Containing around 3,700 dialect words from both Cornish and English,, this glossary was published in 1882 by Frederick W. P. Jago (1817–92) in an effort to describe and preserve the dialect as it too declined and it is an invaluable record of a disappearing dialect and way of life.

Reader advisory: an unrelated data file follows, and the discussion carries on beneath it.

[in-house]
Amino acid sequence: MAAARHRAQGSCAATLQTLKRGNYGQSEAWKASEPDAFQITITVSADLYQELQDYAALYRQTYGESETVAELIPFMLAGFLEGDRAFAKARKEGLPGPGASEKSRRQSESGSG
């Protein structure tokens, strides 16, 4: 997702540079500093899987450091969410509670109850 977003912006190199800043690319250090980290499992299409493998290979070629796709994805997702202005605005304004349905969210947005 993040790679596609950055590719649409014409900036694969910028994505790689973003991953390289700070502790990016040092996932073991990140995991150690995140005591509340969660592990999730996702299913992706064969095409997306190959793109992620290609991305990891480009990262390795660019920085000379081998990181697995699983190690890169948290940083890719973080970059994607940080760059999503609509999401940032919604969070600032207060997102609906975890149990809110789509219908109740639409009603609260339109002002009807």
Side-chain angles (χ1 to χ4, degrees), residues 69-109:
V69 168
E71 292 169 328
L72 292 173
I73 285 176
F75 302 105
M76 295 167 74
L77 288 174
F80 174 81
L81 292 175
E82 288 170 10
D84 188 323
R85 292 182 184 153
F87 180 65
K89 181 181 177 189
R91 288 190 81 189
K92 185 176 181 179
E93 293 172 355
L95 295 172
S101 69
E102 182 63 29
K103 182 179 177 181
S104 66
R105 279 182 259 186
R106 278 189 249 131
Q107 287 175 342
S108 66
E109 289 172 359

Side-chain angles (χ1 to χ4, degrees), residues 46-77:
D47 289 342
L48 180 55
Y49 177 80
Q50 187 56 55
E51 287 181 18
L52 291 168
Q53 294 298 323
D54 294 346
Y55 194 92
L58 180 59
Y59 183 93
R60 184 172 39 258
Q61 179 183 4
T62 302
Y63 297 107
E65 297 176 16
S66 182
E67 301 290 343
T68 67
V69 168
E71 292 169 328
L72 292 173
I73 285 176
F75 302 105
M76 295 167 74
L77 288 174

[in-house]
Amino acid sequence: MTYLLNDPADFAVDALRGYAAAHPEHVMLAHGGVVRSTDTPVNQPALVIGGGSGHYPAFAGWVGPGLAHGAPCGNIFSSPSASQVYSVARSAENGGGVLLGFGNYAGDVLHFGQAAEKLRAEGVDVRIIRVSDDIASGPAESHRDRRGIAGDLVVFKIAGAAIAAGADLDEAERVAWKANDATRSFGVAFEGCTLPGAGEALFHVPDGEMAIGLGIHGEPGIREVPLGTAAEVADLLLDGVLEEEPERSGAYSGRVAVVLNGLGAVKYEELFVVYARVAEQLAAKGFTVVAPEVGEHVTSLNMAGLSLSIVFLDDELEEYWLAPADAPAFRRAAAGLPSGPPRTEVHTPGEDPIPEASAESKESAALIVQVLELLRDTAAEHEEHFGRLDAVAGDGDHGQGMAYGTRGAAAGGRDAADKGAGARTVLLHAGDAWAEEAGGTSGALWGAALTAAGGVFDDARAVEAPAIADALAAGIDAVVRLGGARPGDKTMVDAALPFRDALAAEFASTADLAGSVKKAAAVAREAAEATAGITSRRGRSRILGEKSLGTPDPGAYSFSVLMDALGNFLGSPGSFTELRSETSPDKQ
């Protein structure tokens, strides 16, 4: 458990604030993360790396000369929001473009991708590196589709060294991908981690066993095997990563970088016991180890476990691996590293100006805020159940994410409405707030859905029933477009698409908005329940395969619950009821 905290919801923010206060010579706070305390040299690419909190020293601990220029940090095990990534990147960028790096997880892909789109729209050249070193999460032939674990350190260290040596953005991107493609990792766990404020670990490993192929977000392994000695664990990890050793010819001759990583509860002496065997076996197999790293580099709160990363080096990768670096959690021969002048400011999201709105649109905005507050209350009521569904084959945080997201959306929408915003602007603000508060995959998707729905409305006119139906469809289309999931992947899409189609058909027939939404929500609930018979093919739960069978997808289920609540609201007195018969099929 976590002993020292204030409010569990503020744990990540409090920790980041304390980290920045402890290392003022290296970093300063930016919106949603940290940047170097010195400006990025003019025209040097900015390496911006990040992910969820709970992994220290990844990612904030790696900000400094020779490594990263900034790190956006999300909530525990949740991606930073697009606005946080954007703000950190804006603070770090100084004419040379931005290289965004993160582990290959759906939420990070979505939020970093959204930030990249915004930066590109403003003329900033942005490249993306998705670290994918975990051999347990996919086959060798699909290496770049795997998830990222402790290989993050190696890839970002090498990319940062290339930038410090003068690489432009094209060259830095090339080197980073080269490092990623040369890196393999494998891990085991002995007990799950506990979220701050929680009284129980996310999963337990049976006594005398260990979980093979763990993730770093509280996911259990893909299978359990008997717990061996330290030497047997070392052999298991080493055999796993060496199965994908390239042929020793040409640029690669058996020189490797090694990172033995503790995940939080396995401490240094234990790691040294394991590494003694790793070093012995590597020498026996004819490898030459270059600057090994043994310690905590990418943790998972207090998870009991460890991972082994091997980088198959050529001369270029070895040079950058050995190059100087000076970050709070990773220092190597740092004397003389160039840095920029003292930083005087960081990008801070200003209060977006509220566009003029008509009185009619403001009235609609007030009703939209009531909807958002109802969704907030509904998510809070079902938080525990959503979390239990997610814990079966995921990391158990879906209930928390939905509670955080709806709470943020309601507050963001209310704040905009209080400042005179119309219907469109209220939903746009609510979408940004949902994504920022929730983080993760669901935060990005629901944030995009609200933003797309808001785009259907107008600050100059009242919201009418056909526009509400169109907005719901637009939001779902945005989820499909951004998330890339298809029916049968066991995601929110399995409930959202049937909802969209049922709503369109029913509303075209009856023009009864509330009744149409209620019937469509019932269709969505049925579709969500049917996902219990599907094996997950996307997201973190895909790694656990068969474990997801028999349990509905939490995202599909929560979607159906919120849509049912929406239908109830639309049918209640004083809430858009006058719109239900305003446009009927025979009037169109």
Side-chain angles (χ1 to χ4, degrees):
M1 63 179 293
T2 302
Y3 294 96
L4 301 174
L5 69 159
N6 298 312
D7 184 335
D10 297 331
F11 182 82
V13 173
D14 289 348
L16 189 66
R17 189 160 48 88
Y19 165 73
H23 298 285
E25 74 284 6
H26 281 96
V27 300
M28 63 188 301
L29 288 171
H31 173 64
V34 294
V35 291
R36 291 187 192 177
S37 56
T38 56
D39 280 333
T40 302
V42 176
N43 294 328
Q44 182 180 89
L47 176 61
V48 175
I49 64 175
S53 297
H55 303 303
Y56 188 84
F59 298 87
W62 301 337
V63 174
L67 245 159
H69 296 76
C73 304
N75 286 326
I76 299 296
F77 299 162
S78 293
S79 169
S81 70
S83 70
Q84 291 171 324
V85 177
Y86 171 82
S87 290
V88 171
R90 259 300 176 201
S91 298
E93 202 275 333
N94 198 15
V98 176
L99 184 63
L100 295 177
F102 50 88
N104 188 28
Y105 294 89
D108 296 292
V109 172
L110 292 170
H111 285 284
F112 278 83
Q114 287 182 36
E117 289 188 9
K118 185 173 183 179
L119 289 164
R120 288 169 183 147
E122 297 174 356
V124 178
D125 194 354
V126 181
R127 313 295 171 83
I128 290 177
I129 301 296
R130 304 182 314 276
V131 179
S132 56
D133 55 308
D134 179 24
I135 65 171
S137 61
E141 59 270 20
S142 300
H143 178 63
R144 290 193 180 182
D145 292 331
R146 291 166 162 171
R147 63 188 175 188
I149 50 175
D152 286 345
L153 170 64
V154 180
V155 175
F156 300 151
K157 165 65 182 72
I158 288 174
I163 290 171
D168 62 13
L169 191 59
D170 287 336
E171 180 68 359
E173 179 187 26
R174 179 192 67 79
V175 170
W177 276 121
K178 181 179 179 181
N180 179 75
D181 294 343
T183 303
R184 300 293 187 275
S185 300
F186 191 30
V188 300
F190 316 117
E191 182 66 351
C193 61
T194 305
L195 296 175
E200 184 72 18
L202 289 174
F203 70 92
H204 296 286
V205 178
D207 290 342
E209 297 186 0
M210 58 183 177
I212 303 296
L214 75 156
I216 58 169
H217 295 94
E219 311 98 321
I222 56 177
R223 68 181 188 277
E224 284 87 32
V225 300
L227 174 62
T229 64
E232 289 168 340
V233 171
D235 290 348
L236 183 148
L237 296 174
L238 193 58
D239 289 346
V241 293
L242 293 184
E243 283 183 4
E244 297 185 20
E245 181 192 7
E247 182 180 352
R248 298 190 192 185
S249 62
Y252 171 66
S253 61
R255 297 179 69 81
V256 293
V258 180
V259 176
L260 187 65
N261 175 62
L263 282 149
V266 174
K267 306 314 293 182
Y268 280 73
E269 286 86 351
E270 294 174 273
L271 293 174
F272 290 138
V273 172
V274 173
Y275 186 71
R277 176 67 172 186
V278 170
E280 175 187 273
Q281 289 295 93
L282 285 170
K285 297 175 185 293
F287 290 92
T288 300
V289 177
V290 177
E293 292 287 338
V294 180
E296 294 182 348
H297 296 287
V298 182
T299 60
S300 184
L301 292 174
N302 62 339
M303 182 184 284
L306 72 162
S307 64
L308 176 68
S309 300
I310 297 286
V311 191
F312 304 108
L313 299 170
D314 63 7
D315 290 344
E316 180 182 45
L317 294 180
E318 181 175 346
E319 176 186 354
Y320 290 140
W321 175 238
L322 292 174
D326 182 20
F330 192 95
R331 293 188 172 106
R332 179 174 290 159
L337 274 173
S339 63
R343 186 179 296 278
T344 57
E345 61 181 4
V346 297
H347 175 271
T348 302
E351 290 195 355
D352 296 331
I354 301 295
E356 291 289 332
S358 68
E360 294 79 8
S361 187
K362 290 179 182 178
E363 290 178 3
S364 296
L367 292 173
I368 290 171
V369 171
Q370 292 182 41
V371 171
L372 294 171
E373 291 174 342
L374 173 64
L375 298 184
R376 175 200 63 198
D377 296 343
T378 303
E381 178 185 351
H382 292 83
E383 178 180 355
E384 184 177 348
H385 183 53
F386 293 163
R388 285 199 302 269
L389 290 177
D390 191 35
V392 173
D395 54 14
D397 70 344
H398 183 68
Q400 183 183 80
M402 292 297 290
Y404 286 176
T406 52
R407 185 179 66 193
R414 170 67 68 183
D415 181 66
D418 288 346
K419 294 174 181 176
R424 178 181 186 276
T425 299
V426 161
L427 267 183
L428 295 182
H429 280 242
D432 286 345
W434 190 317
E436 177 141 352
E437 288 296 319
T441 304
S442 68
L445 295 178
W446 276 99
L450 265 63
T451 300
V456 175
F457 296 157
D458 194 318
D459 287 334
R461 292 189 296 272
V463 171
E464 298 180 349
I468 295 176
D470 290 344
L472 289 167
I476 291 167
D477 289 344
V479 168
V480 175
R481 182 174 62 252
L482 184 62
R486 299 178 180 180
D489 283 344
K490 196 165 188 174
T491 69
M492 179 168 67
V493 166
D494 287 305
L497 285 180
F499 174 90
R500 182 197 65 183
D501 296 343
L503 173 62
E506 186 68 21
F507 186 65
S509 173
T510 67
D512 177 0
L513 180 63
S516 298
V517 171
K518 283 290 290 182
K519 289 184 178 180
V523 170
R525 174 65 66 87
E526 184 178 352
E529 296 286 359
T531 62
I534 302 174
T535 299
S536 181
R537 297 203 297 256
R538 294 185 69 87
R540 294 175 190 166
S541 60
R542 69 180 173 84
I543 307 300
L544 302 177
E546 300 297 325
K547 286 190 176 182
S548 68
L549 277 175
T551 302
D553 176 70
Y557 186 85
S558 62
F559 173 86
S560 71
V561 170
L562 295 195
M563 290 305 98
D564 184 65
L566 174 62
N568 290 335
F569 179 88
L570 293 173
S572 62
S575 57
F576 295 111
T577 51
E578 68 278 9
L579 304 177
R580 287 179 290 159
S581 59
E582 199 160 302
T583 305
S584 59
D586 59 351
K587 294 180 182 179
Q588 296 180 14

In this book, Farr examines the spoken and written language of post-observation teaching-practice feedback on teacher education programs. To do so, she draws upon theories from discourse analysis, conversation analysis, and pragmatics to frame the analysis of feedback meetings and written tutor reports, which are then examined using comparative quantitative and qualitative corpus-based techniques. The overall aim is to determine the defining characteristics of this genre, focusing especially on pragmatic factors, with the ultimate goal of investigating the salient aspects responsible for making feedback both effective and affective. Farr's research draws upon a spoken corpus of feedback interactions and a written corpus of tutor reports from language teacher education and is also strongly informed by data in the form of diary reflections and questionnaire responses from student teachers and questionnaire responses from the relevant tutors.